I’m fairly certain that in the history of all mankind that there has never been anyone who loved her birthday more than my mother.
She relished it, she cherished it and made for darn sure that those around her celebrated it as much as she did.
No one ever forgot Mom’s birthday. That is mainly because she began the countdown to her big event 364 days before it occurred.
I’m here to contend that there is nothing wrong with a big birthday celebration, and I feel right in doing so because that is the way that I was raised.
As much as Mom loved her own big day, she loved others’ just as much or more. She planned luncheons or events and made sure that everyone felt special on the anniversary of their birth.
I follow suit with birthdays to the tune of “the apple doesn’t fall far from the tree,” and like to make sure that all of our loved ones enjoy their big day to the fullest.
That being said, my family of men don’t really get why birthdays are a big deal. Oh sure, as children our sons happily enjoyed their big parties and homemade Superman cakes and new footballs. Now as grown men, they wonder out loud to their father, the biggest party pooper of all time, what all the guff is about.
Being a bit of a martyr, I didn’t tell them my birthday was coming up on a family vacation a few years back and subsequently received nothing.
There we were in the mountains, staying at a lovely condo, and I woke up on my birthday to nary a card, a flower or even a cup of coffee to commemorate the auspicious occasion.
We, as a family, went on a lovely bike ride, toured a small town and settled on a small diner for lunch. My Pat suggested that, to cut back costs, everyone should simply stick to the salad bar. Oh, the moans and the groans from my four famished sons, as they realized they would be stuck with greens instead of substance.
They ordered first and when the waitress looked to me, I ordered a full meal. I was met with wide eyes and gaping mouths. “What makes you so special?” asked Vernon, our eldest and wise-cracking son.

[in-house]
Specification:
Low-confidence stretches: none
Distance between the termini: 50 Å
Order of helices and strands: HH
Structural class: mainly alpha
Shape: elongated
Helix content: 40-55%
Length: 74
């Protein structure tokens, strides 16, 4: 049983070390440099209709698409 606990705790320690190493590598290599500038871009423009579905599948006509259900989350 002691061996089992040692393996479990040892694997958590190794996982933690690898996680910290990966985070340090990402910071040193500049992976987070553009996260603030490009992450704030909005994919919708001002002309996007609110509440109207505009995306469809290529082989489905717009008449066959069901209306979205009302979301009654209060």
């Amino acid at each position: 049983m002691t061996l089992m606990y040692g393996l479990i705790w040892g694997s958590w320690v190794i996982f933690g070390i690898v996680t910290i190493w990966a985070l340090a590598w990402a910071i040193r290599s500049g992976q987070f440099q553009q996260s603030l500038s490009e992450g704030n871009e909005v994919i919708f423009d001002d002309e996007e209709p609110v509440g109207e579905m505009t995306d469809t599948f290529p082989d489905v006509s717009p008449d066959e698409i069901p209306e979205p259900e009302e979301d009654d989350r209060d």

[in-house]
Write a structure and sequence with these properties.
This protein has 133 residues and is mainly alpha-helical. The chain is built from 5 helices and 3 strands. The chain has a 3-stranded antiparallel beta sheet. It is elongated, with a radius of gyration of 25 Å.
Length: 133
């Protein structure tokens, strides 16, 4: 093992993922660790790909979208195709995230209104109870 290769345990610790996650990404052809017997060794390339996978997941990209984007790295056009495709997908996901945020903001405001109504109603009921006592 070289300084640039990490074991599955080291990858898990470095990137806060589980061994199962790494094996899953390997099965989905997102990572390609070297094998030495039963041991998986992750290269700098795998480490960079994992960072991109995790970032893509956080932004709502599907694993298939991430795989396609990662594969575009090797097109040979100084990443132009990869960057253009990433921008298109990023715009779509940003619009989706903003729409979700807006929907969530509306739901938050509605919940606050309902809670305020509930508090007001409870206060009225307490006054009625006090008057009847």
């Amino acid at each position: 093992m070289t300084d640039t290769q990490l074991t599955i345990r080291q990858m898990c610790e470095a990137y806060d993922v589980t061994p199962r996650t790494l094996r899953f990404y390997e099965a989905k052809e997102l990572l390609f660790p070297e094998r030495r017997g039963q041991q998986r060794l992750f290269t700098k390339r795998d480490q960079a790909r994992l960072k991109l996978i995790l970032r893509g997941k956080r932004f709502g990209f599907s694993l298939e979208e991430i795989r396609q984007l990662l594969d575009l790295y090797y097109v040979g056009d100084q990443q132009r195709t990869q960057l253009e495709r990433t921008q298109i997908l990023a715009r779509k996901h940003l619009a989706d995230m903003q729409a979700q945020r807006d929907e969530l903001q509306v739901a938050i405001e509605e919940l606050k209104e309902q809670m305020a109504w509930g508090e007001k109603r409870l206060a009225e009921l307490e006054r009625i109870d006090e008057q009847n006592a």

“Well,” I replied as I anticipated the response I would get, “for starters, it’s my birthday.”
That’ll teach ’em.
The best present on any birthday that I have ever received was an email from a 90-year-old gentleman named George Perlinger. I had written about an important date on the calendar that I had circled and written a time, but not penciled in what the appointment pertained to. Although I didn’t actually say the day, George had figured out from my description that my birthday was July 16.
That was several years ago. Since that column, George has emailed me each and every month on the 16th, telling me happy whatever fraction of the year the particular month is from my birthday.
He always sends a happy email telling me how he plans to celebrate my big and monthly event. Sometimes it was getting his wife’s toenails trimmed. Other times getting gas, and sometimes he goes as crazy as celebrating by buying groceries.
These events may fall short of an inauguration, but George never lets the 16th of the month go out without a note letting me know he is thinking about me.
As most people who write a weekly column will tell you, we don’t do it for the money and that’s certainly a good thing. We barely earn enough to keep the family in green beans. We do it because it is in us to do so and if we can bring an ounce of joy to others at the same time, well, win-win!
I’ve already reminded the fam that the 16th is quickly approaching and I know that although they won’t fill a room with balloons or shower me with flowers, they’ll think of me on that day.
Meanwhile, I’ll keep the celebration low key and look forward to that email from George.